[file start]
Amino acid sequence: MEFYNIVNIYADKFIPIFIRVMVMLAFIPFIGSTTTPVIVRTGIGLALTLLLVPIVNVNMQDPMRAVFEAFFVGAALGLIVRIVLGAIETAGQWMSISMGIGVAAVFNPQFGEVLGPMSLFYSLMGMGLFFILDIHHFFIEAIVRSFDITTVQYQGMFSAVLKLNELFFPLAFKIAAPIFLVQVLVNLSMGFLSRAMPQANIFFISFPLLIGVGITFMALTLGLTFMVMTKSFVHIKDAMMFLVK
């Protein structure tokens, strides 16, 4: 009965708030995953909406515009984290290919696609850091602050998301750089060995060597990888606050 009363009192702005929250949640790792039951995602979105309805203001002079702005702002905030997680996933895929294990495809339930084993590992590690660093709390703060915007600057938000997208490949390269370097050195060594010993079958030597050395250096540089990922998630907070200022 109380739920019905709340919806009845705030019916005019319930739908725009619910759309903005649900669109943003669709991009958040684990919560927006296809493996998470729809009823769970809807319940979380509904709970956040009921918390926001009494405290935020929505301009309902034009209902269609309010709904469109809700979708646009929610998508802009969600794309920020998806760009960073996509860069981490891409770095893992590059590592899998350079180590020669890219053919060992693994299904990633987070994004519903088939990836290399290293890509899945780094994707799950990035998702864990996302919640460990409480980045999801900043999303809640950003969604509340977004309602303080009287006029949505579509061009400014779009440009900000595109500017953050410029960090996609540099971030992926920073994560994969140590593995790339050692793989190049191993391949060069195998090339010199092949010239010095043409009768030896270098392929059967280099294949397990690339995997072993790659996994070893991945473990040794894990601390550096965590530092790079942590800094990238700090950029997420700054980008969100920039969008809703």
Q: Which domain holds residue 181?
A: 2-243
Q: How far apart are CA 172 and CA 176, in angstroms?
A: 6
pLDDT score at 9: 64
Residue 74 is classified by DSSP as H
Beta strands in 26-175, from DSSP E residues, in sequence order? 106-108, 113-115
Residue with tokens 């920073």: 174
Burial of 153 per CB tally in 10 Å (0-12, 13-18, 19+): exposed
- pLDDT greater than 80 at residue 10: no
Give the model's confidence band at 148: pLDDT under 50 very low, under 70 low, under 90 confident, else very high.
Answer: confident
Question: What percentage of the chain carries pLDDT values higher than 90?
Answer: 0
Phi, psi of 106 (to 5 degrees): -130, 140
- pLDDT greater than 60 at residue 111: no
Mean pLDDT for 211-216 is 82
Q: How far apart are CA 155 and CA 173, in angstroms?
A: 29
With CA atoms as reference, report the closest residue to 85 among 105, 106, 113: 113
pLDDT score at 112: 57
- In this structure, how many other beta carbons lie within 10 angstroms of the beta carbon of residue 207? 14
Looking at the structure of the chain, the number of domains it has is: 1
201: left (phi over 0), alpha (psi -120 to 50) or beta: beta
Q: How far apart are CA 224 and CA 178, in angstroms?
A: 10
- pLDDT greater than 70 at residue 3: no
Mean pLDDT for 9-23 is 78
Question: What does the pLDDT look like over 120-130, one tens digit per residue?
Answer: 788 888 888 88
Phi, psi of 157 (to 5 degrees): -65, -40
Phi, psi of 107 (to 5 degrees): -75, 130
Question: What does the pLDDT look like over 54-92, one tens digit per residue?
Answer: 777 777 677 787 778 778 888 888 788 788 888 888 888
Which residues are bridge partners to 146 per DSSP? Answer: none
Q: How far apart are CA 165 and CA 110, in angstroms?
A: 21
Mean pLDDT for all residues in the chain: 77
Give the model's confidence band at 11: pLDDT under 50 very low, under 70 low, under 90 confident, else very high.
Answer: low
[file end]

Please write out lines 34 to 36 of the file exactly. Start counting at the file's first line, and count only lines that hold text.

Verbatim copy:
Phi, psi of 107 (to 5 degrees): -75, 130
Question: What does the pLDDT look like over 54-92, one tens digit per residue?
Answer: 777 777 677 787 778 778 888 888 788 788 888 888 888